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New Jersey Bill Requires ‘Good Faith’ Identity Theft Determinations

A New Jersey Senate bill introduced in 2014 relating to debt collectors’ responsibilities upon receipt of notice of identity theft or misidentification crossed over to the Assembly this week. S1344 received unanimous support in the Senate Commerce Committee, with amendments, and passed from the Senate on third reading by a vote of 32-0. The bill adopts the FDCPA’s definition of “debt,” but strays in its definition of “debt collector” which includes, in part, “any person who by any direct or indirect action, conduct, or practice, collects or attempts to collect a debt that is owed or due or asserted to…

Florida Court Confirms Substituted Foreclosure Plaintiff Must Prove Standing of Original Plaintiff

The District Court of Appeal of Florida, Second District, recently reversed a final judgment of foreclosure where a substituted plaintiff failed to prove the original plaintiff had standing when suit was filed. In so ruling, the Appellate Court confirmed that it is not enough for a plaintiff to prove standing when the case is tried, it must also prove standing when the complaint was filed. A copy of the opinion is available at:  Link to Opinion. A mortgagee initiated a residential foreclosure action after borrowers defaulted, and the borrowers responded that the mortgagee lacked standing.  An assignee was then substituted…

Supervisory Highlights Reveals Wide-Spread Compliance by Debt Collectors

The Consumer Financial Protection Bureau’s latest edition of Supervisory Highlights was released last week. I expected some stinging comments directed at debt collectors and debt buyers, given the recent consent decrees. What I found was the opposite. The 45-page report devoted only three paragraphs to supervised ARM entities. And, what was reported only indicates the potential for regulatory violation and did not note any instance where a consumer was actually harmed. Communications with Consumers Here the Bureau looked at supervised entities’ compliance with section 1692c of the Fair Debt Collection Practices Act. The CFPB’s beef here was that ARM companies had…

CFPB Issues Supervisory Highlights (Fall 2015), Including Discussion of Fair Lending Compliance

The federal Consumer Financial Protection Bureau (CFPB) recently released its Supervisory Highlights (Issue 9, Fall 2015), a copy of which is available here. The CFPB reported that, among other things, its “supervisory activities have either led to or supported six recent public enforcement actions, resulting in $764.9 million being returned to consumers and $50.7 million in civil money penalties,” plus supervisory resolutions resulting in “restitution of approximately $107 million to more than 238,000 consumers.” In addition, the CFPB provided a summary discussion of its fair lending and ECOA compliance examination methodologies, as well as a number of steps lenders may…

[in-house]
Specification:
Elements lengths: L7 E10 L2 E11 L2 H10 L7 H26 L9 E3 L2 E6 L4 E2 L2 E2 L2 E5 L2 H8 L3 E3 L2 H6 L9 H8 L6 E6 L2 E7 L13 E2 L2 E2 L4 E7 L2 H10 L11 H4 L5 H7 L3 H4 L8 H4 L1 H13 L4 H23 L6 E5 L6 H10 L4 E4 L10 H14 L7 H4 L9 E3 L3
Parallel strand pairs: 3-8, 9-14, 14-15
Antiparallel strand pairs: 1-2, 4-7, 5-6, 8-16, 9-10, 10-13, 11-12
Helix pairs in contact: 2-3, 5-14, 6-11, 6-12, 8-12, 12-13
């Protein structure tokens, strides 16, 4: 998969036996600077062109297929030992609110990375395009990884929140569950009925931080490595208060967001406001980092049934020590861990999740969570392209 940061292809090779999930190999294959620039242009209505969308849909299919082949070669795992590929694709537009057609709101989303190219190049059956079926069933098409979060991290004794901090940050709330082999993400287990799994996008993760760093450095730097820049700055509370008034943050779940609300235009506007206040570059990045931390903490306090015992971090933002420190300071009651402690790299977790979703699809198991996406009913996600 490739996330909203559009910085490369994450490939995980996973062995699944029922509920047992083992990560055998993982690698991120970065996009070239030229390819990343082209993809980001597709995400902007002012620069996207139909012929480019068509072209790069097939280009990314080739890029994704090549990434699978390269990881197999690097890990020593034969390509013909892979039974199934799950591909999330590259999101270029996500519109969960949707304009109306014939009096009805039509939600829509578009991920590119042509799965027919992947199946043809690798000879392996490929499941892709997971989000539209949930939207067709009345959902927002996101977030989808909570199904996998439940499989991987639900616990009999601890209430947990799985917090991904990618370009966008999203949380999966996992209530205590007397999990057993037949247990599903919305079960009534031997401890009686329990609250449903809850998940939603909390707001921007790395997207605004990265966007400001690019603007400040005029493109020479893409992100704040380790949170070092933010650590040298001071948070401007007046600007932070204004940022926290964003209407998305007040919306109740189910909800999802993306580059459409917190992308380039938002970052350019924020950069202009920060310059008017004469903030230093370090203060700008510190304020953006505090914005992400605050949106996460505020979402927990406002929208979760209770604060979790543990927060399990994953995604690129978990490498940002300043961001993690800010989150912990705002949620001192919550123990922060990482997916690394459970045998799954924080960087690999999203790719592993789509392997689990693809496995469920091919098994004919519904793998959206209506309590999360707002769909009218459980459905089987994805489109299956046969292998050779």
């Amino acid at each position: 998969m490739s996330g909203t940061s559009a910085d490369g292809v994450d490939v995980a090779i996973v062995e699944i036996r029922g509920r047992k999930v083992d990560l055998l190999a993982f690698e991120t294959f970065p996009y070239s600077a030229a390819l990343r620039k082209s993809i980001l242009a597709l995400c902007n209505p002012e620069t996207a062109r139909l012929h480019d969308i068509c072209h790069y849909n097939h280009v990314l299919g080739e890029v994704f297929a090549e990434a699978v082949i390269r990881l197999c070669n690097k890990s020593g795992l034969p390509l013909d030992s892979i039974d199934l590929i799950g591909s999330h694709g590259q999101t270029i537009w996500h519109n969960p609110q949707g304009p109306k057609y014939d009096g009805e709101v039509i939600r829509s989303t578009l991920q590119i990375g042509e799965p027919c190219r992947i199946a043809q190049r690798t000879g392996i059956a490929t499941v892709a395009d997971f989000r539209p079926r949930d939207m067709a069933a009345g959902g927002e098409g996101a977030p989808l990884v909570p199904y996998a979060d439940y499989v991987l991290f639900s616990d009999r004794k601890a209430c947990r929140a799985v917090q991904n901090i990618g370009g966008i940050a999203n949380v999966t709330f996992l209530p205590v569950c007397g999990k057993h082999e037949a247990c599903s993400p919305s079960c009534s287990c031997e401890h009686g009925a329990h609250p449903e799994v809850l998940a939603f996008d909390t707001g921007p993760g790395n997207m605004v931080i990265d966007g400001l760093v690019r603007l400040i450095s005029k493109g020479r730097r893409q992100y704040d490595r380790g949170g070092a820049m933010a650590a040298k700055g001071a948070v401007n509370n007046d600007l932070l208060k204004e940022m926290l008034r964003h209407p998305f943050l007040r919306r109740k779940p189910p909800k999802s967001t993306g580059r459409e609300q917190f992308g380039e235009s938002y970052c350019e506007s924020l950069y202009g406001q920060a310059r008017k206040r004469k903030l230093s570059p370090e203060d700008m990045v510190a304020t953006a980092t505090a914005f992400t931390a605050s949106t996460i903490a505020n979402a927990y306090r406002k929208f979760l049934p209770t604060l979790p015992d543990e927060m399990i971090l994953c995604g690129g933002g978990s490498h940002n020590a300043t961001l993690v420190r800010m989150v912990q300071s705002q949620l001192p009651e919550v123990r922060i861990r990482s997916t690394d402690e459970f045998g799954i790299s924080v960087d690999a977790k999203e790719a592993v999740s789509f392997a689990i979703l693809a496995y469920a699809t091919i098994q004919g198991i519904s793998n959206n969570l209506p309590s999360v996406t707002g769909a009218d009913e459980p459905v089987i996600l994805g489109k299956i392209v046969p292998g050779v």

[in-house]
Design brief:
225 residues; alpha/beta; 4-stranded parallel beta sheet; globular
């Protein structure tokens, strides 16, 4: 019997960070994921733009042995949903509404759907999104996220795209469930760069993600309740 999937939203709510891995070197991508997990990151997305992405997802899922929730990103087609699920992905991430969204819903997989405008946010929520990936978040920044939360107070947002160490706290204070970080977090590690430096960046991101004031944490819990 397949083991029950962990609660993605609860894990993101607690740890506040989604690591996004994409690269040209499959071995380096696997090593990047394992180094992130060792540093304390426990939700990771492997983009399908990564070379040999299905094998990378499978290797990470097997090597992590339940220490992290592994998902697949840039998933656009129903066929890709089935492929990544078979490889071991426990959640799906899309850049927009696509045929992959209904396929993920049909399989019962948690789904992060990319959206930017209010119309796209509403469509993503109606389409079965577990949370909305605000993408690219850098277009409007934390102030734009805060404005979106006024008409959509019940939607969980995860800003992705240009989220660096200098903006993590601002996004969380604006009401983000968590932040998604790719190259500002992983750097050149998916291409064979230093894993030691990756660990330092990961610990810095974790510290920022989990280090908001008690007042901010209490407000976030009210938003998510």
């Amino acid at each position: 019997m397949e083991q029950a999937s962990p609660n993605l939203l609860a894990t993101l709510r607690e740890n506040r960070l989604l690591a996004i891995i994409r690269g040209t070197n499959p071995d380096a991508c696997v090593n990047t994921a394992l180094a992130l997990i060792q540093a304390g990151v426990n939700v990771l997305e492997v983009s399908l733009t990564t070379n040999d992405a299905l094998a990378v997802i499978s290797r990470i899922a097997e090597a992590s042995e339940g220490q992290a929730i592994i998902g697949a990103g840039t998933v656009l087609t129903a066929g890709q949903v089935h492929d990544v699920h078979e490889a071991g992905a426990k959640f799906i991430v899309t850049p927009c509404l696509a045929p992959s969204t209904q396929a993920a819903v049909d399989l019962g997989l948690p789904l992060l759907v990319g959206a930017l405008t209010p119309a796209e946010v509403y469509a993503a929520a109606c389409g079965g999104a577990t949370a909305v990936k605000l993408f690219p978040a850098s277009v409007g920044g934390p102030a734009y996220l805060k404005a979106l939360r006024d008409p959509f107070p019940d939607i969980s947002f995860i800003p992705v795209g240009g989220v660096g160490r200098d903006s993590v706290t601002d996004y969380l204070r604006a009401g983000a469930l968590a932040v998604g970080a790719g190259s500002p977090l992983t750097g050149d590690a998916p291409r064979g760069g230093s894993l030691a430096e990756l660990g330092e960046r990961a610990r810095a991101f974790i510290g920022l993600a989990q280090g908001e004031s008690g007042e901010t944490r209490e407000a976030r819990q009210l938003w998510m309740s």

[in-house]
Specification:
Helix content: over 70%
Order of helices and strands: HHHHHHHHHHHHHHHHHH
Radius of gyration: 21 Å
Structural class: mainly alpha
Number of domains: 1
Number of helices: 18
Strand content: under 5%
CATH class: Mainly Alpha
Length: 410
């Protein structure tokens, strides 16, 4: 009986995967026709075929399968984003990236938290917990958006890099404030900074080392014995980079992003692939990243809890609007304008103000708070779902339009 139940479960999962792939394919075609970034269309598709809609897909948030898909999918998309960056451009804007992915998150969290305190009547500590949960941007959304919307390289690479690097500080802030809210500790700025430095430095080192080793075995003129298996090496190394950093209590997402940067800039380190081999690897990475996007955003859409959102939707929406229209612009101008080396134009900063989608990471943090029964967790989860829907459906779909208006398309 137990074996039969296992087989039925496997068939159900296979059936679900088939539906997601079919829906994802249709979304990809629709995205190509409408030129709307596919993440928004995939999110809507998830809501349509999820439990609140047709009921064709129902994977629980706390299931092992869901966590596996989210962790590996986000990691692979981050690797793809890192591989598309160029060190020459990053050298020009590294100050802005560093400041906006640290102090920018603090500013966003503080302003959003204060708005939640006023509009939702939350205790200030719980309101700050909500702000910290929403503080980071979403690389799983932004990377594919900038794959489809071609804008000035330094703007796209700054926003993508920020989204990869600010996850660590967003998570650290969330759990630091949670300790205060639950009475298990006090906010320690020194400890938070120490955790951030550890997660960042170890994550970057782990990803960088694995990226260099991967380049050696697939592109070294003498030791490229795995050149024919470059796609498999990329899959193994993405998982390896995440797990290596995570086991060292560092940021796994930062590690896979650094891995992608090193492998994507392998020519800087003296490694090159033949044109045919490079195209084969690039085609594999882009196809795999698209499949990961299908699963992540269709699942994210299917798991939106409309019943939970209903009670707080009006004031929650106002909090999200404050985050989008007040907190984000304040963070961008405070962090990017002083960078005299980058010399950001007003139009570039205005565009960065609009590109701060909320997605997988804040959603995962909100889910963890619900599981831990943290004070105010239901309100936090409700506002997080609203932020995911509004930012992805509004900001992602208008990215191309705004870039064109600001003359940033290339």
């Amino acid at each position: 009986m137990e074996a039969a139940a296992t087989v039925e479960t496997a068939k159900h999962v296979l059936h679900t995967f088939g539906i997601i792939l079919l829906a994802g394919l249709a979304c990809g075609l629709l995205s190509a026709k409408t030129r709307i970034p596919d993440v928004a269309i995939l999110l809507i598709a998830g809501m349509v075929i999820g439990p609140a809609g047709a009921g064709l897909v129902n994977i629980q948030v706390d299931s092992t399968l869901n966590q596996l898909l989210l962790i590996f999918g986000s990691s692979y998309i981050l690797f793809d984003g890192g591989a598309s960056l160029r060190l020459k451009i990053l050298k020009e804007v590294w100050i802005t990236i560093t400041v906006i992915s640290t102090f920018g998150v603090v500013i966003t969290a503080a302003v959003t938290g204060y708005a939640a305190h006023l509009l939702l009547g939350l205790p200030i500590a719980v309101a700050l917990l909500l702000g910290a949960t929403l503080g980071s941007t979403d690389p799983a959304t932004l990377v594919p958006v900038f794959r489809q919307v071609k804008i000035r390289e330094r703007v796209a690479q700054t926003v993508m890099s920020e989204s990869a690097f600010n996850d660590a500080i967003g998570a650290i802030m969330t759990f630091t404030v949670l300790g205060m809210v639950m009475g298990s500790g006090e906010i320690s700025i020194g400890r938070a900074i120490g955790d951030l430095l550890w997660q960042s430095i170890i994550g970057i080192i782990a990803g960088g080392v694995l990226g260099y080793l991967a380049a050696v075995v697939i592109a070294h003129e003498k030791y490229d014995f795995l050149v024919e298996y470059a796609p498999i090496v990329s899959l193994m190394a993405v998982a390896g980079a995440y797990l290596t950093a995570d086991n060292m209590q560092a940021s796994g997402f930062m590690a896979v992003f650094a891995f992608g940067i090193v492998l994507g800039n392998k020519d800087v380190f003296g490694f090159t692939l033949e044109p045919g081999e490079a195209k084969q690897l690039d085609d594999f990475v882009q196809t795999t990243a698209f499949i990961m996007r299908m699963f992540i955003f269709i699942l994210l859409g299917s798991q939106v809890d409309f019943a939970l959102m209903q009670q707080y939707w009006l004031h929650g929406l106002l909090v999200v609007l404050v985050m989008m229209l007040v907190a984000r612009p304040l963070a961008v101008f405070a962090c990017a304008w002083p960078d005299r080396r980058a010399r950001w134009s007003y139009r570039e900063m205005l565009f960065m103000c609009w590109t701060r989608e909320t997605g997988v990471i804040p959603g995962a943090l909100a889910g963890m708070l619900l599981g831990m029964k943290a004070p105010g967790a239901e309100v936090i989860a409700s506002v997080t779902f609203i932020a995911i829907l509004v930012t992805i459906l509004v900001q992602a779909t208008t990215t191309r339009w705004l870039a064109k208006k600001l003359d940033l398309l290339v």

Florida Court Holds No Private Right of Action for Florida ‘Anti-Check Cashing Fee’ Statute

The Court of Appeal of the State of Florida, Fifth District, recently affirmed the dismissal of a check payee’s claims against the drawee bank for charging a fee to cash the check in person, holding that while section 655.85, Florida Statutes, prohibits the bank from charging such a fee, it does not create a private cause of action. However, the Court also held that federal law did not preempt the state “anti-check cashing fee” statute, even as applied to an out-of-state insured state bank. A copy of the opinion is available at: Link to Opinion. The payee of a check…

Florida Court Allows Common Law Deficiency Action After Completion of Foreclosure

The Court of Appeal for the Third District of the State of Florida recently held that the trial court had subject matter jurisdiction to hear a common law action to recover a deficiency judgment after an earlier residential mortgage foreclosure action in the same court was already completed. The Court reasoned that the applicable statute expressly provided for such a common law action, and although the foreclosure judgment reserved jurisdiction to adjudicate any claim seeking a deficiency, it neither granted nor denied it. A copy of the opinion is available at: Link to Opinion. A mortgage loan servicer obtained a…